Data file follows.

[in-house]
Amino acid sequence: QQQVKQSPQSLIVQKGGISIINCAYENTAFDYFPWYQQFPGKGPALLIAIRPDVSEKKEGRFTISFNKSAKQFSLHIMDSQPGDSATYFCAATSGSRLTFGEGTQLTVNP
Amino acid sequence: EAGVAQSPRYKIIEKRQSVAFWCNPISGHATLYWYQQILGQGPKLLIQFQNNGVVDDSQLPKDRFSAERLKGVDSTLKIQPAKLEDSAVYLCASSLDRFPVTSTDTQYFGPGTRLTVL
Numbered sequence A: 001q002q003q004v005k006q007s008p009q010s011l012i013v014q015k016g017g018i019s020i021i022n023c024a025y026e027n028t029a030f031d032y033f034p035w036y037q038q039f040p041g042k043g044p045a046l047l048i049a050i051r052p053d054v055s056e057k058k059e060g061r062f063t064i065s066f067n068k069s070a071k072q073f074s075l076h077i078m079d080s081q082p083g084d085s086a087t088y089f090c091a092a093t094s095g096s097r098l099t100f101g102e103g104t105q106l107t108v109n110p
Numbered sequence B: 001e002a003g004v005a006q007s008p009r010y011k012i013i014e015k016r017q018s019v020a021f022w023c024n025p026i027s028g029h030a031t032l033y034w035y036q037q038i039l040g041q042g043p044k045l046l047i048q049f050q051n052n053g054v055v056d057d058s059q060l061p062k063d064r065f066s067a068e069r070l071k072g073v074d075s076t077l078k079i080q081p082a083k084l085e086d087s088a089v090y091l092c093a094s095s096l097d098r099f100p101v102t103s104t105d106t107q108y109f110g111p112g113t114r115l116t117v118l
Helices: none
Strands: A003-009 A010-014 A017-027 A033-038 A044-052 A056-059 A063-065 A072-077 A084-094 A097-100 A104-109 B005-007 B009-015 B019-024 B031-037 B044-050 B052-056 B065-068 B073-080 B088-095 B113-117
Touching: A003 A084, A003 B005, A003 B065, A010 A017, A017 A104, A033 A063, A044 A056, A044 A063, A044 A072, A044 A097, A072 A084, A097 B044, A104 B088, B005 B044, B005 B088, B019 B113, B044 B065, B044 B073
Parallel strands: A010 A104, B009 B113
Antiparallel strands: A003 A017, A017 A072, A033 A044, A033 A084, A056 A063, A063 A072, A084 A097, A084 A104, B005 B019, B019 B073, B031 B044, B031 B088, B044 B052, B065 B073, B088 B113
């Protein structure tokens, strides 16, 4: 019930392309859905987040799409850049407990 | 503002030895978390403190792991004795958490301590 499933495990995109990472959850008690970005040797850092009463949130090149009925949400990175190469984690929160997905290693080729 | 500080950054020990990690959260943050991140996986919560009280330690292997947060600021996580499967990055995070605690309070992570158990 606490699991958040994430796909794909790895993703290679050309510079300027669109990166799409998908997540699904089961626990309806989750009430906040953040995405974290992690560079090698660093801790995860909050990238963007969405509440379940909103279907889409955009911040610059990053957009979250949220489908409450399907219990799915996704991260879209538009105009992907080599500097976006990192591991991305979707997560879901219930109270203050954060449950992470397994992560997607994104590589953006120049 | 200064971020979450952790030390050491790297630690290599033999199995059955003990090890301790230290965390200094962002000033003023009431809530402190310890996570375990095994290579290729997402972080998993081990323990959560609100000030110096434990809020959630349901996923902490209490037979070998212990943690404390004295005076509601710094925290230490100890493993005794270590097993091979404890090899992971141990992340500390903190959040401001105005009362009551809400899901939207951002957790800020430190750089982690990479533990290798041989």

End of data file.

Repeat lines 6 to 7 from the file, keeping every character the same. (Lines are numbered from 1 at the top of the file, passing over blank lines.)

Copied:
Helices: none
Strands: A003-009 A010-014 A017-027 A033-038 A044-052 A056-059 A063-065 A072-077 A084-094 A097-100 A104-109 B005-007 B009-015 B019-024 B031-037 B044-050 B052-056 B065-068 B073-080 B088-095 B113-117